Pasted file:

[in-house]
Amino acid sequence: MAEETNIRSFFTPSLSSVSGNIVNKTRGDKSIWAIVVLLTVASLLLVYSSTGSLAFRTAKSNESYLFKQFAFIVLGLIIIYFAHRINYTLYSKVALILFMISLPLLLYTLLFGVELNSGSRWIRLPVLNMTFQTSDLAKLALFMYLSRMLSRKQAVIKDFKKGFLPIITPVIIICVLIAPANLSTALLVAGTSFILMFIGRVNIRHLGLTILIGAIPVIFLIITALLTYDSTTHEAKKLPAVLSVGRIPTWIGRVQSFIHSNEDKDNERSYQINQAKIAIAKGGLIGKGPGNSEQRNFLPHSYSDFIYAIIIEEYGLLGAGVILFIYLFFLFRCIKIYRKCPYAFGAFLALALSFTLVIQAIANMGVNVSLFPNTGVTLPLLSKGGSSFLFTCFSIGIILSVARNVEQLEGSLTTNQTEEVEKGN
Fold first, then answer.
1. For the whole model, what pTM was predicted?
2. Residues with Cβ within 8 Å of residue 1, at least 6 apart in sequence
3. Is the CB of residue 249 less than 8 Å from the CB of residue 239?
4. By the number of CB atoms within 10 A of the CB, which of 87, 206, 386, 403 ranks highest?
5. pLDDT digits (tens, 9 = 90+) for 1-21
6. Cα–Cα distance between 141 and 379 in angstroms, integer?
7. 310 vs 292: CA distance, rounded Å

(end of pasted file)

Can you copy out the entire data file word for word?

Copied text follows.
[in-house]
Amino acid sequence: MAEETNIRSFFTPSLSSVSGNIVNKTRGDKSIWAIVVLLTVASLLLVYSSTGSLAFRTAKSNESYLFKQFAFIVLGLIIIYFAHRINYTLYSKVALILFMISLPLLLYTLLFGVELNSGSRWIRLPVLNMTFQTSDLAKLALFMYLSRMLSRKQAVIKDFKKGFLPIITPVIIICVLIAPANLSTALLVAGTSFILMFIGRVNIRHLGLTILIGAIPVIFLIITALLTYDSTTHEAKKLPAVLSVGRIPTWIGRVQSFIHSNEDKDNERSYQINQAKIAIAKGGLIGKGPGNSEQRNFLPHSYSDFIYAIIIEEYGLLGAGVILFIYLFFLFRCIKIYRKCPYAFGAFLALALSFTLVIQAIANMGVNVSLFPNTGVTLPLLSKGGSSFLFTCFSIGIILSVARNVEQLEGSLTTNQTEEVEKGN
Fold first, then answer.
1. For the whole model, what pTM was predicted?
2. Residues with Cβ within 8 Å of residue 1, at least 6 apart in sequence
3. Is the CB of residue 249 less than 8 Å from the CB of residue 239?
4. By the number of CB atoms within 10 A of the CB, which of 87, 206, 386, 403 ranks highest?
5. pLDDT digits (tens, 9 = 90+) for 1-21
6. Cα–Cα distance between 141 and 379 in angstroms, integer?
7. 310 vs 292: CA distance, rounded Å